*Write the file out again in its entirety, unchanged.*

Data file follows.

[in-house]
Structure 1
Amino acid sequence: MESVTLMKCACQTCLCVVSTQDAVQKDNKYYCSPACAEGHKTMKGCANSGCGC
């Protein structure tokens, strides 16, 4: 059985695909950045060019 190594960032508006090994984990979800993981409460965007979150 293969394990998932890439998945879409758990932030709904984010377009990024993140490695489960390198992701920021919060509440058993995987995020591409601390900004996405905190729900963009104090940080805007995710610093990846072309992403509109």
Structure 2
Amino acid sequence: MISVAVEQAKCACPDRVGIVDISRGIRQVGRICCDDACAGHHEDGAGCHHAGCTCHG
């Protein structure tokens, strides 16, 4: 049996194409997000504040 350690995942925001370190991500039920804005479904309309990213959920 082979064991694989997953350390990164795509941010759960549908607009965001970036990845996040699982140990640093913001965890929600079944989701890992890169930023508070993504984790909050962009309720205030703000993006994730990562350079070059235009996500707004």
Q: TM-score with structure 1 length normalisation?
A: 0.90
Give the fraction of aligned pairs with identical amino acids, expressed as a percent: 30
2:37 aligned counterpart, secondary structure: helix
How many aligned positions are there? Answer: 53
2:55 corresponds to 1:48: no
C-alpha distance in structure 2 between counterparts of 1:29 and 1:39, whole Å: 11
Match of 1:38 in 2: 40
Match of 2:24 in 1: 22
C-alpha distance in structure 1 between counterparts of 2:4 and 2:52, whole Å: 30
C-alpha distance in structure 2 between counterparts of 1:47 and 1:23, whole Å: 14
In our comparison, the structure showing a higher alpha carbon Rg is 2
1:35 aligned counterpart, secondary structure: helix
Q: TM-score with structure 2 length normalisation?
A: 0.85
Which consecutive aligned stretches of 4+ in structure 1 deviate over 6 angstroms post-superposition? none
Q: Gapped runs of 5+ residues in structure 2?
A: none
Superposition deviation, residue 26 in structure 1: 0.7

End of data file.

[in-house]
Structure 1
Amino acid sequence: MESVTLMKCACQTCLCVVSTQDAVQKDNKYYCSPACAEGHKTMKGCANSGCGC
């Protein structure tokens, strides 16, 4: 059985695909950045060019 190594960032508006090994984990979800993981409460965007979150 293969394990998932890439998945879409758990932030709904984010377009990024993140490695489960390198992701920021919060509440058993995987995020591409601390900004996405905190729900963009104090940080805007995710610093990846072309992403509109």
Structure 2
Amino acid sequence: MISVAVEQAKCACPDRVGIVDISRGIRQVGRICCDDACAGHHEDGAGCHHAGCTCHG
């Protein structure tokens, strides 16, 4: 049996194409997000504040 350690995942925001370190991500039920804005479904309309990213959920 082979064991694989997953350390990164795509941010759960549908607009965001970036990845996040699982140990640093913001965890929600079944989701890992890169930023508070993504984790909050962009309720205030703000993006994730990562350079070059235009996500707004």
Q: TM-score with structure 1 length normalisation?
A: 0.90
Give the fraction of aligned pairs with identical amino acids, expressed as a percent: 30
2:37 aligned counterpart, secondary structure: helix
How many aligned positions are there? Answer: 53
2:55 corresponds to 1:48: no
C-alpha distance in structure 2 between counterparts of 1:29 and 1:39, whole Å: 11
Match of 1:38 in 2: 40
Match of 2:24 in 1: 22
C-alpha distance in structure 1 between counterparts of 2:4 and 2:52, whole Å: 30
C-alpha distance in structure 2 between counterparts of 1:47 and 1:23, whole Å: 14
In our comparison, the structure showing a higher alpha carbon Rg is 2
1:35 aligned counterpart, secondary structure: helix
Q: TM-score with structure 2 length normalisation?
A: 0.85
Which consecutive aligned stretches of 4+ in structure 1 deviate over 6 angstroms post-superposition? none
Q: Gapped runs of 5+ residues in structure 2?
A: none
Superposition deviation, residue 26 in structure 1: 0.7